You might have heard about it only peripherally, but a firestorm continues to burn around the Oregon men’s basketball program, as as a result of a rape investigation that encircled three Duck players — Dominic Artis, Damyean Dotson and Brandon Austin. Charges weren’t brought in the case, which stemmed from an early-March night gone wrong.
But there are a lot of “charges” flying now.
For a refresher on what happened, here’s what I wrote six weeks ago. In a nutshell, what’s taken place lately is that the players were first banished from the UO team, then banned from the university. And now everybody’s lawyered up (surprise). Attorneys for the players teamed up to release a detailed statement decrying the actions by the Oregon administration, and the lawyer for the woman in the case has assailed that statement.
To me, the case revisits an old debate that surrounds discipline by coaches of athletes, and whether they can/should be held to a higher standard, within the team, than the law dictates.
They can and they should.
There’s a lot of reason to cast aspersions on the story of the alleged victim; reading a seamy police report will tell you that. But there’s also reason to expect more from three guys who represent a program that — in various ways — begs for public approval than to become embroiled in this.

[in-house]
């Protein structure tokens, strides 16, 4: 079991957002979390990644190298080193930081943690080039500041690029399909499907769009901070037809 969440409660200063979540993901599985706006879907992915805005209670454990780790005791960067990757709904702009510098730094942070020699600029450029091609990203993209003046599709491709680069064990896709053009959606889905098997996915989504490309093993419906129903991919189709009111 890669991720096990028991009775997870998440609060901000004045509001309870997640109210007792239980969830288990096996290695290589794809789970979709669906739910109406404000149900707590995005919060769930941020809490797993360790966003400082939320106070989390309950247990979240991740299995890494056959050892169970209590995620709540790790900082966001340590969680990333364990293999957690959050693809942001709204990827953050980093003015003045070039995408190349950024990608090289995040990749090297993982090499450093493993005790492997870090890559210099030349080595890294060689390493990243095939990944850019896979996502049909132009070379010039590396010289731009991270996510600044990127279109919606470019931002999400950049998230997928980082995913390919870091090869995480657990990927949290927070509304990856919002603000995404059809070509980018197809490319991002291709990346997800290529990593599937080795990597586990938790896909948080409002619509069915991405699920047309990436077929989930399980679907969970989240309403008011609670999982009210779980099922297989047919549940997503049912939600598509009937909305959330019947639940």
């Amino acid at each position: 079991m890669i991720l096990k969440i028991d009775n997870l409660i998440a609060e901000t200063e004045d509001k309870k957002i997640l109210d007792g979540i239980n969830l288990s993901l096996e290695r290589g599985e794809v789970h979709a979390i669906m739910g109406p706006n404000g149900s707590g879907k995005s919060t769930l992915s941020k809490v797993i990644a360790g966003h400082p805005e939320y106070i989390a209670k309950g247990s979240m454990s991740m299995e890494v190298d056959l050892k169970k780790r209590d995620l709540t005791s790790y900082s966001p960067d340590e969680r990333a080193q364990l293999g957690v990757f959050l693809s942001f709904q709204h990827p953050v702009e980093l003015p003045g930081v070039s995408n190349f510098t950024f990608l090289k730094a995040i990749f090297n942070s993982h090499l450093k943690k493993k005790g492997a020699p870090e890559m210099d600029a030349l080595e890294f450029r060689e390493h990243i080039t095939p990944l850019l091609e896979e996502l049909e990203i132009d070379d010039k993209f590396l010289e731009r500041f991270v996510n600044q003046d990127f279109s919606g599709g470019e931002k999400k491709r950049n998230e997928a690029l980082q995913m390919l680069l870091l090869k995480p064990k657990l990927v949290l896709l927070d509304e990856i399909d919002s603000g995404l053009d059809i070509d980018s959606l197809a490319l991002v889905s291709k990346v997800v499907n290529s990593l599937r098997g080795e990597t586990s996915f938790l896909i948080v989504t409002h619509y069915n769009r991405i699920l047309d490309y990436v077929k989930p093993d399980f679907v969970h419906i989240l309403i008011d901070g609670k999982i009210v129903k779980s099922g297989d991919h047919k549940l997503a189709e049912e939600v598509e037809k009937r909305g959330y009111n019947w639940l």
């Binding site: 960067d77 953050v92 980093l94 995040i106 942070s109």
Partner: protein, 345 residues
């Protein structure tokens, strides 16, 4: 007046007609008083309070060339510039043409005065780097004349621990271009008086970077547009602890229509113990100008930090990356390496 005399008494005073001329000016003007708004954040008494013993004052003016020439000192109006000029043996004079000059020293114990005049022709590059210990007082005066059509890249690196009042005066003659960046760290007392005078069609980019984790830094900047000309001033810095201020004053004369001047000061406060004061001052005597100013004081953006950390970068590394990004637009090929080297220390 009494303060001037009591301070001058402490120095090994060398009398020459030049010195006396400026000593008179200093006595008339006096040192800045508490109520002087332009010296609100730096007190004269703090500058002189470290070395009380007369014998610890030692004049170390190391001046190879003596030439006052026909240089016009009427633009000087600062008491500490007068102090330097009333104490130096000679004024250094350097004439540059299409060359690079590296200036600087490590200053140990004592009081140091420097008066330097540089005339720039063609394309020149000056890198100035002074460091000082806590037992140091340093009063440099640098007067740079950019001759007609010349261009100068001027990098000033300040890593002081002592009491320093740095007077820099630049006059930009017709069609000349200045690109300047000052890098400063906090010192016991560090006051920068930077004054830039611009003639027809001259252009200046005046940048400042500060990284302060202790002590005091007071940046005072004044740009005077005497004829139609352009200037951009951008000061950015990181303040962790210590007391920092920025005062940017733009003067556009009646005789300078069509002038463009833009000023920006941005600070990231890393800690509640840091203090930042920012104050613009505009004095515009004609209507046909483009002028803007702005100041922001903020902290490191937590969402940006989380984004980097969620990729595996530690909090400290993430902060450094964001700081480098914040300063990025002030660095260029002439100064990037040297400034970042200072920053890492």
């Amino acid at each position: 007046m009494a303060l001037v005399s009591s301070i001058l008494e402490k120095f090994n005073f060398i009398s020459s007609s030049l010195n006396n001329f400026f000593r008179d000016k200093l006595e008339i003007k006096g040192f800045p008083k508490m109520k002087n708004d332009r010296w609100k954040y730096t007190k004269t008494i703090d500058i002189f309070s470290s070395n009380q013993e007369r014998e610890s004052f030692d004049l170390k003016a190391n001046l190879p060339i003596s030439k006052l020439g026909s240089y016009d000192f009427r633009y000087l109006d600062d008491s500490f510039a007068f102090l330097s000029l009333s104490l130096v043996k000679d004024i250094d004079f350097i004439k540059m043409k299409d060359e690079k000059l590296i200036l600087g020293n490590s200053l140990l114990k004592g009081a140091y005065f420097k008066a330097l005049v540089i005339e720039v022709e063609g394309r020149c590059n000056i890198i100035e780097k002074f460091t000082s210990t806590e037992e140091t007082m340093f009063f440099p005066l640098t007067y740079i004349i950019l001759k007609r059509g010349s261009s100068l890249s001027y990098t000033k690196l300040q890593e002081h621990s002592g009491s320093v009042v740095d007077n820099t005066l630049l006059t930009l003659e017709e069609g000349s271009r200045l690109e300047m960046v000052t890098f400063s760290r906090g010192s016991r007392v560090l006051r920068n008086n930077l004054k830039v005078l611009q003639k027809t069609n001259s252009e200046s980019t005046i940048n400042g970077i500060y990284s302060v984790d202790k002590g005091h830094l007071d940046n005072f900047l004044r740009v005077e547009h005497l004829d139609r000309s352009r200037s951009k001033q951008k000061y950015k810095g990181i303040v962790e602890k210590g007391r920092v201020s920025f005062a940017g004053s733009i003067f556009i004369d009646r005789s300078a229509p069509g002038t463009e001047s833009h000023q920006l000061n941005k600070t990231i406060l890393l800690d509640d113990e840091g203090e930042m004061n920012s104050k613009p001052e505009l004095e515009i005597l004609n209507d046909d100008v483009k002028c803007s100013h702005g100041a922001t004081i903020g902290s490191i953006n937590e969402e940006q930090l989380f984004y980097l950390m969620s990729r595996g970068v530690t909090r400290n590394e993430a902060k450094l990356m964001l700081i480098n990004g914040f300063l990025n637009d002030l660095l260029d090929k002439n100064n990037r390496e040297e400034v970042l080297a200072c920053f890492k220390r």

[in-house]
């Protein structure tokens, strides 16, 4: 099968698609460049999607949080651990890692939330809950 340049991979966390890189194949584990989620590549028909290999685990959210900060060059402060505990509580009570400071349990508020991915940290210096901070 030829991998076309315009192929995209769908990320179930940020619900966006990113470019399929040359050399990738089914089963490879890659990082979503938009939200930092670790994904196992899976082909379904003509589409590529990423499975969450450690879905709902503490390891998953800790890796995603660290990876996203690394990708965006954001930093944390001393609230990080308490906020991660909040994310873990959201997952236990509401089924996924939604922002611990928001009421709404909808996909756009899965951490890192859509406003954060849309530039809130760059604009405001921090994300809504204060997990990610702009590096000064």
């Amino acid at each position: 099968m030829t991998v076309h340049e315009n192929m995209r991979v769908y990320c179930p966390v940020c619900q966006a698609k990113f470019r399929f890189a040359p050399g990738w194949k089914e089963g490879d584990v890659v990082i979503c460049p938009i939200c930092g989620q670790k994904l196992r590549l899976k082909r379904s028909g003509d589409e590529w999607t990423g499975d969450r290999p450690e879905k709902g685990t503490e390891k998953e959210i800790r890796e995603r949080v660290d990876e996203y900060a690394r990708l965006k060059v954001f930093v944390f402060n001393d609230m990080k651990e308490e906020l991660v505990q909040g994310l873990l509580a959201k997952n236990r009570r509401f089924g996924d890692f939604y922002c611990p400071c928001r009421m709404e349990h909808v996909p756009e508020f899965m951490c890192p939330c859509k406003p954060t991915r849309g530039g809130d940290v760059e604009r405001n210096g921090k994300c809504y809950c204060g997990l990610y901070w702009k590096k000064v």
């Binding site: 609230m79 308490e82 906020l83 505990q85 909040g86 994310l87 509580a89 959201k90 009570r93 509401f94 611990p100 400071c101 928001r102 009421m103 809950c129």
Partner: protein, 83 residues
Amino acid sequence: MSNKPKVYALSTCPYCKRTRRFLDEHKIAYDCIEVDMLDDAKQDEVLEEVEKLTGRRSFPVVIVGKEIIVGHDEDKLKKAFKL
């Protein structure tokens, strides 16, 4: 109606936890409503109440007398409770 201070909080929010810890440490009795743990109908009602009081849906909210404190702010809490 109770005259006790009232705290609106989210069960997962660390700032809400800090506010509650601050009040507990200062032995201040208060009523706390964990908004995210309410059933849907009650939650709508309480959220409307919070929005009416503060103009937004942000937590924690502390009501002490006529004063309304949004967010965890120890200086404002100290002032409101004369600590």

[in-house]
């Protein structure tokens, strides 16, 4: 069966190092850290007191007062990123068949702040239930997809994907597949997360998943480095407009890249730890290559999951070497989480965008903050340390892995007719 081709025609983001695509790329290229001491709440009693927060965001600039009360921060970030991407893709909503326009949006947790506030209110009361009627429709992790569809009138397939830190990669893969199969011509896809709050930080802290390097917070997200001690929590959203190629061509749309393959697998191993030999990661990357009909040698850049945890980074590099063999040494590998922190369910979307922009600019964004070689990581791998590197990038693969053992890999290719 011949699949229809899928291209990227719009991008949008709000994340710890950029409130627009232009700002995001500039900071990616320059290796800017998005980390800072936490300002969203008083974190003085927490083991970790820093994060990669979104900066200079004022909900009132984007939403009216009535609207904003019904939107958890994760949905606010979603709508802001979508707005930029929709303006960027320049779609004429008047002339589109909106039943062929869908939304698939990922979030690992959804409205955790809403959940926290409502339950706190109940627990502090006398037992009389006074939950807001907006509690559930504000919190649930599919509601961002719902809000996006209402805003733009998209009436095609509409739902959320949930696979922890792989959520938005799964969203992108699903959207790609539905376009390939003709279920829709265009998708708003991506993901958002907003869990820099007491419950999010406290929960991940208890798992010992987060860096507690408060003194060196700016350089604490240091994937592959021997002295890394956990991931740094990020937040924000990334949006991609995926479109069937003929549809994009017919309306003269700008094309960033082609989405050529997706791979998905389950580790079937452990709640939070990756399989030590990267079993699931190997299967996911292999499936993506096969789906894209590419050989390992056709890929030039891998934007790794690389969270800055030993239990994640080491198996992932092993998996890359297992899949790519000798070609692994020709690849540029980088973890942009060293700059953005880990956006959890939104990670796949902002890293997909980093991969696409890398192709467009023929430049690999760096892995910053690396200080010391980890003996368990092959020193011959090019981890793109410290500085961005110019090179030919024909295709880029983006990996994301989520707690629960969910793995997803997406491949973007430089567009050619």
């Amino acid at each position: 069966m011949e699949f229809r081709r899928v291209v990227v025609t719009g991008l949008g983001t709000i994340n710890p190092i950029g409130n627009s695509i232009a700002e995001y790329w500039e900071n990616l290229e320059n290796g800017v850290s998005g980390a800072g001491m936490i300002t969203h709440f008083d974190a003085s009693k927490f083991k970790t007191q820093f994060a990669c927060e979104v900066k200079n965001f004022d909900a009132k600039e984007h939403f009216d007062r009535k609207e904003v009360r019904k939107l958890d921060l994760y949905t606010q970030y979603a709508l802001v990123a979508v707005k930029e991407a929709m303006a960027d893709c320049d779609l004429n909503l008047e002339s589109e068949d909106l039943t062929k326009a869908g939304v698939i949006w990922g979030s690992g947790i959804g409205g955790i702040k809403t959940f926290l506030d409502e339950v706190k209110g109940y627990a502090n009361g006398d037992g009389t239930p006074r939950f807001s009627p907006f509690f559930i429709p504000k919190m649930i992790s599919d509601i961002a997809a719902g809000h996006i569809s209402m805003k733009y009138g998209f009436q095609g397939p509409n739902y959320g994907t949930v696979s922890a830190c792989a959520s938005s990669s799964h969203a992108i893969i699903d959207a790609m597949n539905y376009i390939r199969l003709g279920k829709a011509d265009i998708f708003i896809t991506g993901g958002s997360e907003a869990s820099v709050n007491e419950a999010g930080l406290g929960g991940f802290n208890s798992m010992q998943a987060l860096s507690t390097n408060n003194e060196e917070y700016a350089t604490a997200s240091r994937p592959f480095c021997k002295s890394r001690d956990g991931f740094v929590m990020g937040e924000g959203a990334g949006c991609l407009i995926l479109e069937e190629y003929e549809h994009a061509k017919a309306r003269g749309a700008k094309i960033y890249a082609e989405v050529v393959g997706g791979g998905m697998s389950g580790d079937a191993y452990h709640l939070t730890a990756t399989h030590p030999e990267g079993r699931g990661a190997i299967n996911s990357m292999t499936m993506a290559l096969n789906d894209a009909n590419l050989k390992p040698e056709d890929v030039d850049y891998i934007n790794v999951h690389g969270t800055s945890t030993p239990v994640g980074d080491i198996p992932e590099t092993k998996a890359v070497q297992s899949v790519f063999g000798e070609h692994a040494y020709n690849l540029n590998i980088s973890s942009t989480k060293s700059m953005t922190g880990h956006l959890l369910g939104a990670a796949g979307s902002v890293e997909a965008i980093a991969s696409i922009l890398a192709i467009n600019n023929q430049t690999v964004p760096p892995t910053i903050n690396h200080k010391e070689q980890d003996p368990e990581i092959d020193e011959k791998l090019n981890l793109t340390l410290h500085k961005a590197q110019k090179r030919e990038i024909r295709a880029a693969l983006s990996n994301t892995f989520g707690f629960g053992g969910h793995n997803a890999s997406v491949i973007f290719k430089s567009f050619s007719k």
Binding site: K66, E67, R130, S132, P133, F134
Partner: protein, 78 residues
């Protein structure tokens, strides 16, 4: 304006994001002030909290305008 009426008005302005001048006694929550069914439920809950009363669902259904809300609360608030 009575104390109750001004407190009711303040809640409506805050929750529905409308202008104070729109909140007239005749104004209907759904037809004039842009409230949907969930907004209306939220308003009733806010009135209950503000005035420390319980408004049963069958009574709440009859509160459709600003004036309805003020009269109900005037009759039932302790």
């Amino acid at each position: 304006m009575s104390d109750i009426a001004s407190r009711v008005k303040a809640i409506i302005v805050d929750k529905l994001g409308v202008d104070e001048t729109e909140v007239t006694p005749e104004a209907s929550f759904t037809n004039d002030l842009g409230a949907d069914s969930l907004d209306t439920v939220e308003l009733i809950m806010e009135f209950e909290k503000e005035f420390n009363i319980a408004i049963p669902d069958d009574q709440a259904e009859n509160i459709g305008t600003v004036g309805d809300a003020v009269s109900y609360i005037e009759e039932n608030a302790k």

Oregon seems to have acted at polar extremes: It didn’t suspend the players when it was notified of the investigation, and then it hammered the players by barring them from school (as if they wanted to hang around, anyway). It’s difficult to come to grips with such disparate reaction. If Oregon wanted to honor the investigation by not prejudging, then why did it come down strongly when no charges were filed?
In the meantime, cue the lawsuits. Artis is said to have been close to moving on to St. John’s, but the Red Storm supposedly shied away because of the Oregon administration’s sanction against Artis. Doesn’t seem like such a stretch for him to allege that was wrongful termination, as it were.
The case should be a powerful message for every coach to his athletes: Yeah, you might not get charged. It’s a lot easier simply not to get involved.